South Carolina Democrats convene their state convention in Columbia on June 22. At least 14 candidates vying to win the party’s presidential nomination will join them.
While numerous issues will be discussed, one should rise to the top due to its extreme importance to our state — offshore drilling.
We can expect that, if asked, all the candidates will state their opposition to offshore drilling in the Atlantic. Some will point to congressional bills they have sponsored, proposals to work with Congress or letters they have signed to demonstrate their opposition on the issue.
However, these alone won’t pass the offshore-drilling litmus test that I proposed nearly two months ago in an op-ed in The Post and Courier.
The litmus test is very simple. The candidate must pledge to sign on day one of his or her administration an executive order banning new oil drilling leases on public lands and waters. This order would effectively block offshore drilling in the Atlantic, an extremely important bipartisan goal of East Coast voters.
Only such a commitment to a unilateral, first-day action will demonstrate the candidate’s conviction to protect the vibrant tourism, commercial fishing and recreation economies of the Atlantic Coast.
Proposals for legislative action are unlikely to be successful in the short term or at all. Even worse, delayed action indicates a failure to understand South Carolinians’ strong rejection of oil industrialization of our coast with its inevitable spills and leaks polluting our coastline.
Yet, as of this writing, only four Democratic presidential candidates have passed this litmus test — Vice President Joe Biden, Sen. Elizabeth Warren, former U.S. Rep. Beto O’Rourke and Gov. Jay Inslee.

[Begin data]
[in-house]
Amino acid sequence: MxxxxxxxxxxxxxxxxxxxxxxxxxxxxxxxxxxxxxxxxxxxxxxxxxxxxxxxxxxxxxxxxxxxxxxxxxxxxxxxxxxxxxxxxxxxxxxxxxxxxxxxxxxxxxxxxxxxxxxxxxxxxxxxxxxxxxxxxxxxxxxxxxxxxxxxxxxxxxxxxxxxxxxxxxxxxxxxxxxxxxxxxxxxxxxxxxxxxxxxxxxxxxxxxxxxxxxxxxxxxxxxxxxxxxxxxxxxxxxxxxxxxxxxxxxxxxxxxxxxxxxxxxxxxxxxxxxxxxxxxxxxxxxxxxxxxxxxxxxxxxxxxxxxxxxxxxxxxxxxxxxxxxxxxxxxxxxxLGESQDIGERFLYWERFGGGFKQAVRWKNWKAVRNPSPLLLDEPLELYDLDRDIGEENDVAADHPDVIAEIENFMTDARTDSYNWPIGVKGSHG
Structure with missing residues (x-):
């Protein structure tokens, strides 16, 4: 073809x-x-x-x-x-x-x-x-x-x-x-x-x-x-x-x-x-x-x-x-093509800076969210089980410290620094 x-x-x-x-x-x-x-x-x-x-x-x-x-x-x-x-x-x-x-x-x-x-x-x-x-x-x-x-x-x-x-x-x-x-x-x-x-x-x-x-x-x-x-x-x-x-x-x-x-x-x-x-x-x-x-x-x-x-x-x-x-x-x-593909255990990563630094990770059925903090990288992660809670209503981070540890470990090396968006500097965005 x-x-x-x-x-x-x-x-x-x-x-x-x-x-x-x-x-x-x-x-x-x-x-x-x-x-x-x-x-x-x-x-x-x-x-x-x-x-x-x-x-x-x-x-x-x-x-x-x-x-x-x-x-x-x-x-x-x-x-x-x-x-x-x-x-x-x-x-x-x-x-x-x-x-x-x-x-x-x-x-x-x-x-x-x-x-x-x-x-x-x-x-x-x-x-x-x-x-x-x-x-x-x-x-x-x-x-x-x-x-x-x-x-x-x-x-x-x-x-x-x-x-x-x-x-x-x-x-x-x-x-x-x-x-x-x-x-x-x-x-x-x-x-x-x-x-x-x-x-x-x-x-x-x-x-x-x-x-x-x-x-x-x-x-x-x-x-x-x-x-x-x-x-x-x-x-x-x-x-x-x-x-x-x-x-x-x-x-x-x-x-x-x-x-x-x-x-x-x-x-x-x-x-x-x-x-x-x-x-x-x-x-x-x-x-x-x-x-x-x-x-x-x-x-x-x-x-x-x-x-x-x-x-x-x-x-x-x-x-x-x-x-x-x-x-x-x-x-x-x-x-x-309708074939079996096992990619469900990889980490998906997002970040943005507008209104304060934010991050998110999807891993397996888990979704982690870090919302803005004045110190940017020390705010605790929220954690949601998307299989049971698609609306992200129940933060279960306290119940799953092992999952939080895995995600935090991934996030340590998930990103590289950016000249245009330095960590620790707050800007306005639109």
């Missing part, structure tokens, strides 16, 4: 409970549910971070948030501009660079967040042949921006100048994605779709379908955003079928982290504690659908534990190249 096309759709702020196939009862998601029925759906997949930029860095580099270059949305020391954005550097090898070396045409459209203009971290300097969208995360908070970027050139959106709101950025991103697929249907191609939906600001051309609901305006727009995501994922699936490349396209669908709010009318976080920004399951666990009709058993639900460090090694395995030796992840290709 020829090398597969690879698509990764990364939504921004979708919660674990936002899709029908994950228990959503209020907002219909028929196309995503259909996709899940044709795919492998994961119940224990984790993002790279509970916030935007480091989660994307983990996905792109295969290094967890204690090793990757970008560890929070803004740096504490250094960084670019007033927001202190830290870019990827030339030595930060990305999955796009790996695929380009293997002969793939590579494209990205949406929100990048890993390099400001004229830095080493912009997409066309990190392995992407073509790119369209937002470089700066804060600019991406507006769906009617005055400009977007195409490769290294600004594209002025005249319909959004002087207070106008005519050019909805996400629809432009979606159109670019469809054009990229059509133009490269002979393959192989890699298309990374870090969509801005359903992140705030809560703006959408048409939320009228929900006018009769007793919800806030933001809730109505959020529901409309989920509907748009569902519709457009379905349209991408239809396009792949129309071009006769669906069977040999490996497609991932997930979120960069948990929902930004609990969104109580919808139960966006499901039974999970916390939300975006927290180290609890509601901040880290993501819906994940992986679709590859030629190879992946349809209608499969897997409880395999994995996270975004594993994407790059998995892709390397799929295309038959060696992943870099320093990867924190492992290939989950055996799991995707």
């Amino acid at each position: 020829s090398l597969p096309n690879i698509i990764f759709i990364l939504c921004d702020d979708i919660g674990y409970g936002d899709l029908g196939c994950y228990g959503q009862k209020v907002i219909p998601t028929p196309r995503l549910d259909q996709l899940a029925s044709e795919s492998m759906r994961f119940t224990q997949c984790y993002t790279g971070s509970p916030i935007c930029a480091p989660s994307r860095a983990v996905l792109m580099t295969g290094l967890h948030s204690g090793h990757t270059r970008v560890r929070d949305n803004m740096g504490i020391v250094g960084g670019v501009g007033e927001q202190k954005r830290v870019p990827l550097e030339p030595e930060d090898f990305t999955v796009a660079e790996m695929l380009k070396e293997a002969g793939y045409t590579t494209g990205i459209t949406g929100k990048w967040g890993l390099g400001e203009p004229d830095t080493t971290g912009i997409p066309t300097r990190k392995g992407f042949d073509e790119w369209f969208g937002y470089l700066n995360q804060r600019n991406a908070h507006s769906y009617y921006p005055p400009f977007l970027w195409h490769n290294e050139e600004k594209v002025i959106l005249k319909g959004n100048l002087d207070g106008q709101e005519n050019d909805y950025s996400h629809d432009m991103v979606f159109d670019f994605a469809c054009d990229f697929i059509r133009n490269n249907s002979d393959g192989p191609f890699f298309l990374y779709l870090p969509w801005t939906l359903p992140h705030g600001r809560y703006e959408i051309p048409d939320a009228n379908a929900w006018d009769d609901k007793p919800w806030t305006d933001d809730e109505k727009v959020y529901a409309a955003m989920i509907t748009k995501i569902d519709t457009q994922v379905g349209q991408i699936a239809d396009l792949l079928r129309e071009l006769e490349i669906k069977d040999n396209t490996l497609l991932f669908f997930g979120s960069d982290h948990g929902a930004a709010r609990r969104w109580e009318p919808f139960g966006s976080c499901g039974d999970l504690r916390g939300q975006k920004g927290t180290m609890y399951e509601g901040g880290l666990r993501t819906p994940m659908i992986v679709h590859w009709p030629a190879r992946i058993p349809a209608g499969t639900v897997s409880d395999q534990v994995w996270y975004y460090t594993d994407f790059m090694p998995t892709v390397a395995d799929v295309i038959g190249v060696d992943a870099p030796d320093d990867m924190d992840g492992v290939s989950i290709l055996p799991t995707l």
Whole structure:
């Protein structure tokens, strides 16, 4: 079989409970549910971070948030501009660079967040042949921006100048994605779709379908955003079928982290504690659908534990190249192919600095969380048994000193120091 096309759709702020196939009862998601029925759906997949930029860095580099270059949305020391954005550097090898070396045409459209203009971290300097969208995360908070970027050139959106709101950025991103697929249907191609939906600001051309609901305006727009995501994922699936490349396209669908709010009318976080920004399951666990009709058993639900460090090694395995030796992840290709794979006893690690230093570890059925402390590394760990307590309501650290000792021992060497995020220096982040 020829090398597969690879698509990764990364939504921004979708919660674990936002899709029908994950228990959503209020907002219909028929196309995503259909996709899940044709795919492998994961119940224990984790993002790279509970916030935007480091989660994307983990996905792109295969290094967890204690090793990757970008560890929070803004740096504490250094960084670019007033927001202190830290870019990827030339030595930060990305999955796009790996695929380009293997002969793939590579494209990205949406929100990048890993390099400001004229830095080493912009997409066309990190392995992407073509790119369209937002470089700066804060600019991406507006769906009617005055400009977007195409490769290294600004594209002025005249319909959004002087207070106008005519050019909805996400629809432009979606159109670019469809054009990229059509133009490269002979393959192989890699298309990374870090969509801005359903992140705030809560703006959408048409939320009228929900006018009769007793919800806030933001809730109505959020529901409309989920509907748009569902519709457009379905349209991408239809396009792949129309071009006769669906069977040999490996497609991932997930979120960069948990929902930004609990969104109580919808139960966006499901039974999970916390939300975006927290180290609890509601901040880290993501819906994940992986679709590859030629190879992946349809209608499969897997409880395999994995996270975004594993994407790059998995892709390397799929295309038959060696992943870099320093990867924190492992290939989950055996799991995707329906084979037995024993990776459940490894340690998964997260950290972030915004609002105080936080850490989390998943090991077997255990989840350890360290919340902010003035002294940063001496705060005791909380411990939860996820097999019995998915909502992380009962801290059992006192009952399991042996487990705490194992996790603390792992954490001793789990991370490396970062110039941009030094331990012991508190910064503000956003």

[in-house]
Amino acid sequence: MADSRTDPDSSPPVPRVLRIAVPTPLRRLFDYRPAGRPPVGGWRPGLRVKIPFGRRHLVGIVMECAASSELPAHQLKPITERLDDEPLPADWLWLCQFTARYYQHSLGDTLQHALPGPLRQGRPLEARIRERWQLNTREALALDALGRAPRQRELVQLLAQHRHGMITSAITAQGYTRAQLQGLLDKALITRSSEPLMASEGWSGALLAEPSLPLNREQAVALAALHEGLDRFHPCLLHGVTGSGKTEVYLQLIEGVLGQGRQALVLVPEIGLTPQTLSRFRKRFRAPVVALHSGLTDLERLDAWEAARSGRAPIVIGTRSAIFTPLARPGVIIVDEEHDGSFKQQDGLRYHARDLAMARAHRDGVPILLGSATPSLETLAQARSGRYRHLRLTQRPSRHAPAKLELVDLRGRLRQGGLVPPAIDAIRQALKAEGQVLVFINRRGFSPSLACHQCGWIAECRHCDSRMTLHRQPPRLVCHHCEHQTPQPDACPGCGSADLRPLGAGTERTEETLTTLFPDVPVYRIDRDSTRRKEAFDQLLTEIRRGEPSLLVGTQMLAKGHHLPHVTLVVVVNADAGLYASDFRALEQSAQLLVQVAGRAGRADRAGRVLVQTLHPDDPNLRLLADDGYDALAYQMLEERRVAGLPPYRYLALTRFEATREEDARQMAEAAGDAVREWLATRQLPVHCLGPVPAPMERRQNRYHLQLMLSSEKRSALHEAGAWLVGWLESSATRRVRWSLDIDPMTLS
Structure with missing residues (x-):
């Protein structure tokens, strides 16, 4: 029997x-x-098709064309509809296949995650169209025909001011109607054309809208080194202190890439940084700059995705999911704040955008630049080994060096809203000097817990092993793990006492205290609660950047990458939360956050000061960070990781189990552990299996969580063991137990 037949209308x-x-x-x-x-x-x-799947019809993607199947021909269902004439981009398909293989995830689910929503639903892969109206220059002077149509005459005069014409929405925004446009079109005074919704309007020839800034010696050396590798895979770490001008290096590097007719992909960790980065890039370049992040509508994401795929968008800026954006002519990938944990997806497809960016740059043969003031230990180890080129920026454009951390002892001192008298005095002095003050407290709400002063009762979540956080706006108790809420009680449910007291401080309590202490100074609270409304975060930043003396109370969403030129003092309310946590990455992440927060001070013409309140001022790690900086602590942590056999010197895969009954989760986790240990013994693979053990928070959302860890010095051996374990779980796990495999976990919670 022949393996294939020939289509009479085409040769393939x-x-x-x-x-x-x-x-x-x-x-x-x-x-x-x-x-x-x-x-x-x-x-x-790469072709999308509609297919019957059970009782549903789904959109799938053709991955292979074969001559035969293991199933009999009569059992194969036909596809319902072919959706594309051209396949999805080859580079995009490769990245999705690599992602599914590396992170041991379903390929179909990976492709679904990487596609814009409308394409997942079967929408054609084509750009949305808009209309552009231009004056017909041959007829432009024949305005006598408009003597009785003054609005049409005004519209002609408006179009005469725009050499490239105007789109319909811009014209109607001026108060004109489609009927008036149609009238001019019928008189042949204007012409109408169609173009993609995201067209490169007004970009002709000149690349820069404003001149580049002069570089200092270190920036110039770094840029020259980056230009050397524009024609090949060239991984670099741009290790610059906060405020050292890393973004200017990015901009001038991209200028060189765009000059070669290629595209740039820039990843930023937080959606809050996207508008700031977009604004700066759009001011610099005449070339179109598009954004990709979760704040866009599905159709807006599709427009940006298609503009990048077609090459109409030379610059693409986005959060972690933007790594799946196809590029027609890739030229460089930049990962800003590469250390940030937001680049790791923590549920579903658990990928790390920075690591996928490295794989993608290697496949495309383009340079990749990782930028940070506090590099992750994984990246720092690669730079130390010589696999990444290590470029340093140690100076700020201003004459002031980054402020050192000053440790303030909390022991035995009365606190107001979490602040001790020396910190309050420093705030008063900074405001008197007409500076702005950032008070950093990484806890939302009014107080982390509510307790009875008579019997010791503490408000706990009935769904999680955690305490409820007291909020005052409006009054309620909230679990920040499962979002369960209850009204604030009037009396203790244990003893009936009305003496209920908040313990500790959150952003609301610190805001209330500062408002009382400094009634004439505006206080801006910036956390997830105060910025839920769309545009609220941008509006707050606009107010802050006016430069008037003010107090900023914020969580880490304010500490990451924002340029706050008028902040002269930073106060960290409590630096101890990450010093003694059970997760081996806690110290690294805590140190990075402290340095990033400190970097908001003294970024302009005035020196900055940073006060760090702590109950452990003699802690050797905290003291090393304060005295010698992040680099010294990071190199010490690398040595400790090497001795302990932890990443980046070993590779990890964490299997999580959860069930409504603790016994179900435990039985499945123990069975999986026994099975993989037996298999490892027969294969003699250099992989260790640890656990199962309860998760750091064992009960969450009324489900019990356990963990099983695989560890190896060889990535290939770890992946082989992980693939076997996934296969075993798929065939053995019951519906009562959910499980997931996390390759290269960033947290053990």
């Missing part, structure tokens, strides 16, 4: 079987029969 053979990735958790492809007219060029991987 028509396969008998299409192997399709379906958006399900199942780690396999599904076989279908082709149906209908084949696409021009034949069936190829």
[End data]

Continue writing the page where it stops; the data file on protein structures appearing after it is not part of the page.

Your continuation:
Warren was the inspiration for the litmus test, which followed her proposal for a first day “total moratorium on all new fossil fuel leases, including for drilling offshore and on public lands.”
By the end of April this litmus test was adopted by O’Rourke in his announcement of a climate agenda.
When Biden released his detailed plan for addressing climate change this month, his Day One Executive Actions included “banning new oil and gas permitting on public lands and waters.”
Inslee has made his first day pledge on his website’s public policy agenda.
Other candidates might also plan to join Warren, Biden, O’Rourke and Inslee, but they are running out of time to win over South Carolina voters.
Some candidates might feel that making such a pledge puts them in jeopardy of alienating primary and general election voters of the Gulf and non-coastal western states.
But that’s what leadership is all about — taking a position for the greater good and bringing all the country along with you.
Biden, Warren, O’Rourke and Inslee understand that this offshore drilling litmus test is for the greater good of our nation.
Yes, it would protect Atlantic Coast economies. However, it is also a recognition that our nation, including Gulf and western states, is imperiled by a rapidly changing climate that threatens not only our country but also the world.
Our federal government must transition our economy away from carbon-polluting energy, which drives climate change, to technologies that protect our environment while growing our economy. The United States is not in danger of running out of oil, but we are in danger from cataclysmic climate-induced events.
South Carolina voters are watching the Democratic candidates as they continue to release their plans on how they would address climate change. The Day One ban on new oil leases on public lands and waters must be part of these proposals.
So, if you happen to run into a Democratic candidate for president, tell them that they need to pass the offshore-drilling litmus test if they want your support.
Frank Knapp Jr. is president and CEO of the South Carolina Small Business Chamber of Commerce.